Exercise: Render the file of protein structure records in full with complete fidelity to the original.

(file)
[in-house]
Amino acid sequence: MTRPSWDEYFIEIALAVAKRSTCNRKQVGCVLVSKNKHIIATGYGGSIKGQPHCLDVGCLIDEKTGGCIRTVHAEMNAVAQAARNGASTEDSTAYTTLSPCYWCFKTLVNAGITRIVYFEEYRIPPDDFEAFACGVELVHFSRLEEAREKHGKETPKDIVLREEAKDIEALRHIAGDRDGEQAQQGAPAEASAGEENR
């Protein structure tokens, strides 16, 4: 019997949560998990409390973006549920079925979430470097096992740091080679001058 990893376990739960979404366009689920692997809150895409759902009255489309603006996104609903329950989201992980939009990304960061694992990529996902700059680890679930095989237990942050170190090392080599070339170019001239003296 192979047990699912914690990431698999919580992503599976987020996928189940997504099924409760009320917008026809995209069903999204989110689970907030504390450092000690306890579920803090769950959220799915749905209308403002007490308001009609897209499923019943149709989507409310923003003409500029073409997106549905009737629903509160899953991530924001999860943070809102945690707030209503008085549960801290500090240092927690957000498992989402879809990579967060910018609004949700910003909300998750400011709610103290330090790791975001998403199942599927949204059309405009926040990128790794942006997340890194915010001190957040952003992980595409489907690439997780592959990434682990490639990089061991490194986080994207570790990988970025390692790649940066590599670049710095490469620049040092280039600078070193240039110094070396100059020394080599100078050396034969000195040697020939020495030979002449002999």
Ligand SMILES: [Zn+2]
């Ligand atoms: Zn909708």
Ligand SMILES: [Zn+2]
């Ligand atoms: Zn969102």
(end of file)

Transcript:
[in-house]
Amino acid sequence: MTRPSWDEYFIEIALAVAKRSTCNRKQVGCVLVSKNKHIIATGYGGSIKGQPHCLDVGCLIDEKTGGCIRTVHAEMNAVAQAARNGASTEDSTAYTTLSPCYWCFKTLVNAGITRIVYFEEYRIPPDDFEAFACGVELVHFSRLEEAREKHGKETPKDIVLREEAKDIEALRHIAGDRDGEQAQQGAPAEASAGEENR
């Protein structure tokens, strides 16, 4: 019997949560998990409390973006549920079925979430470097096992740091080679001058 990893376990739960979404366009689920692997809150895409759902009255489309603006996104609903329950989201992980939009990304960061694992990529996902700059680890679930095989237990942050170190090392080599070339170019001239003296 192979047990699912914690990431698999919580992503599976987020996928189940997504099924409760009320917008026809995209069903999204989110689970907030504390450092000690306890579920803090769950959220799915749905209308403002007490308001009609897209499923019943149709989507409310923003003409500029073409997106549905009737629903509160899953991530924001999860943070809102945690707030209503008085549960801290500090240092927690957000498992989402879809990579967060910018609004949700910003909300998750400011709610103290330090790791975001998403199942599927949204059309405009926040990128790794942006997340890194915010001190957040952003992980595409489907690439997780592959990434682990490639990089061991490194986080994207570790990988970025390692790649940066590599670049710095490469620049040092280039600078070193240039110094070396100059020394080599100078050396034969000195040697020939020495030979002449002999």
Ligand SMILES: [Zn+2]
């Ligand atoms: Zn909708």
Ligand SMILES: [Zn+2]
């Ligand atoms: Zn969102």